Working After Retirement

Staying active and healthy, social stimulation, and extra retirement income are among the benefits of working past the average age of retirement.

Author: The HSL Blog Team
Younger woman and older woman sitting at desk discussing work

Retirement is often viewed through the lens of an accountant: When do you want to retire and how much money will you need to save to do that? Work until you hit that number then work no more  . . . forever. 

And once you do reach that target age and retire, the popular narrative emphasizes that it’s a time for reinvention or rebirth. Everybody seems to ask, “How on Earth are you going to fill the work-shaped hole in your life?”

You could—in fact—keep working. As many retirees live longer, healthier lives, it’s more practical to work beyond the traditional age of retirement. Plus, continuing to work can benefit mental and physical health, as well as improve financial flexibility.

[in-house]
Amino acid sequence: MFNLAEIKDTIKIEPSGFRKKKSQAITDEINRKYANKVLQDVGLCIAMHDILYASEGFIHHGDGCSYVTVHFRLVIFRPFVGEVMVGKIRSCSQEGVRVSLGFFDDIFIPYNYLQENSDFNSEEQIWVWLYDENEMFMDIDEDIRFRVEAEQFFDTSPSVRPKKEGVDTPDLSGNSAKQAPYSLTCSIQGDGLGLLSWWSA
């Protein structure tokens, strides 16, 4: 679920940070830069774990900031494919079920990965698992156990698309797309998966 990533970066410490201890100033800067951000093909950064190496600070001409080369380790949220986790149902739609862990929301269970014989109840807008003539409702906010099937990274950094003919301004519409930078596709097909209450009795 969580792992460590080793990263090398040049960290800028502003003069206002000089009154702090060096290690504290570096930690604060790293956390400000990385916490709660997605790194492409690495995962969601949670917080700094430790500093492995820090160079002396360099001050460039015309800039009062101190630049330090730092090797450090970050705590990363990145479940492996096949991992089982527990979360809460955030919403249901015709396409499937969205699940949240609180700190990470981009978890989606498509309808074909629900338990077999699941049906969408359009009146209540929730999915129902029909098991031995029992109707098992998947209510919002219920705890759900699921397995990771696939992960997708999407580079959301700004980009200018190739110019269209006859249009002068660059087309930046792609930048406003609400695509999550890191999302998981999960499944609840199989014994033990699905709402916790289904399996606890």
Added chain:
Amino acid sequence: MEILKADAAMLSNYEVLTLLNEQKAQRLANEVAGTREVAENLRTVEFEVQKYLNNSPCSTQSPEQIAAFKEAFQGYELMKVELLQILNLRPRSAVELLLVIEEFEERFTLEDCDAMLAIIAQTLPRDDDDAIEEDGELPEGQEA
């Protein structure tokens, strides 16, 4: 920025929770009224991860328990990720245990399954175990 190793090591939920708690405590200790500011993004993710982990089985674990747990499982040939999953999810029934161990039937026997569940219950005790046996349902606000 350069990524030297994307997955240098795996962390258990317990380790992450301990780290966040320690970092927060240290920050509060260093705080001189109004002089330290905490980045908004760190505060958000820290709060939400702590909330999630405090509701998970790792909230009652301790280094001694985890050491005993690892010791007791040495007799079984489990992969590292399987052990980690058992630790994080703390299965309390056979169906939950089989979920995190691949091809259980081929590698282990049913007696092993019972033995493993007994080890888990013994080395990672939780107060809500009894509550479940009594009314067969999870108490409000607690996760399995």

Is it OK to not retire?

Of course! In fact, roughly 20% of Americans 65 years of age or older are either actively working or seeking work.

A job can help structure your time while keeping you active and engaged, and following a routine has health benefits. In fact, a study conducted by the Centers for Disease Control suggested that, compared with people who retired, people who worked past age 65 were about three times more likely to report being in good health and about half as likely to have serious health problems, such as cancer or heart disease. This makes sense as even a desk job encourages some level of activity. Physical activity greatly reduces the risk of a serious fall and other health issues, like arthritis. But it’s not just physical health that working can improve.

Finding purpose in retirement

The idea of retirement as an entirely new life can be overwhelming. Rather than framing retirement as a complete reinvention, think of it in terms of steering the current path you are on. Your experiences have shaped who you are, and that’s a great thing that you can build upon.